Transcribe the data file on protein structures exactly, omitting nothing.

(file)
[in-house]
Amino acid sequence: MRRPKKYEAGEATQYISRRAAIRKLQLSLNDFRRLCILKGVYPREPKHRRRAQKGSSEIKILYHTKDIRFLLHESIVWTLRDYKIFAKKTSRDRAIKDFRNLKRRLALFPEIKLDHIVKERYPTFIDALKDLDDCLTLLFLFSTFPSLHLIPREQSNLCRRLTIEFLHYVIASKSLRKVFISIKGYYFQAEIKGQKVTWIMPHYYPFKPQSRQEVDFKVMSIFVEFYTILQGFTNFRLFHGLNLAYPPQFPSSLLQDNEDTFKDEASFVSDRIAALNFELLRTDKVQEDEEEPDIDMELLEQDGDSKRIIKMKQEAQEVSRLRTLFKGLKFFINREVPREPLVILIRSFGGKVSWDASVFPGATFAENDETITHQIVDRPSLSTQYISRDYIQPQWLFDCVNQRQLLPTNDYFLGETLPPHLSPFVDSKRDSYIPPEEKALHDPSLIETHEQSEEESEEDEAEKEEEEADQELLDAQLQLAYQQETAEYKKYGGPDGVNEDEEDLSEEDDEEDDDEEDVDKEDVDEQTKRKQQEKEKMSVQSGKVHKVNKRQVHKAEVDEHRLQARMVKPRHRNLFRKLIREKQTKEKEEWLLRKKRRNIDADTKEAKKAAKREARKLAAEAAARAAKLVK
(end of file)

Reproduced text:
[in-house]
Amino acid sequence: MRRPKKYEAGEATQYISRRAAIRKLQLSLNDFRRLCILKGVYPREPKHRRRAQKGSSEIKILYHTKDIRFLLHESIVWTLRDYKIFAKKTSRDRAIKDFRNLKRRLALFPEIKLDHIVKERYPTFIDALKDLDDCLTLLFLFSTFPSLHLIPREQSNLCRRLTIEFLHYVIASKSLRKVFISIKGYYFQAEIKGQKVTWIMPHYYPFKPQSRQEVDFKVMSIFVEFYTILQGFTNFRLFHGLNLAYPPQFPSSLLQDNEDTFKDEASFVSDRIAALNFELLRTDKVQEDEEEPDIDMELLEQDGDSKRIIKMKQEAQEVSRLRTLFKGLKFFINREVPREPLVILIRSFGGKVSWDASVFPGATFAENDETITHQIVDRPSLSTQYISRDYIQPQWLFDCVNQRQLLPTNDYFLGETLPPHLSPFVDSKRDSYIPPEEKALHDPSLIETHEQSEEESEEDEAEKEEEEADQELLDAQLQLAYQQETAEYKKYGGPDGVNEDEEDLSEEDDEEDDDEEDVDKEDVDEQTKRKQQEKEKMSVQSGKVHKVNKRQVHKAEVDEHRLQARMVKPRHRNLFRKLIREKQTKEKEEWLLRKKRRNIDADTKEAKKAAKREARKLAAEAAARAAKLVK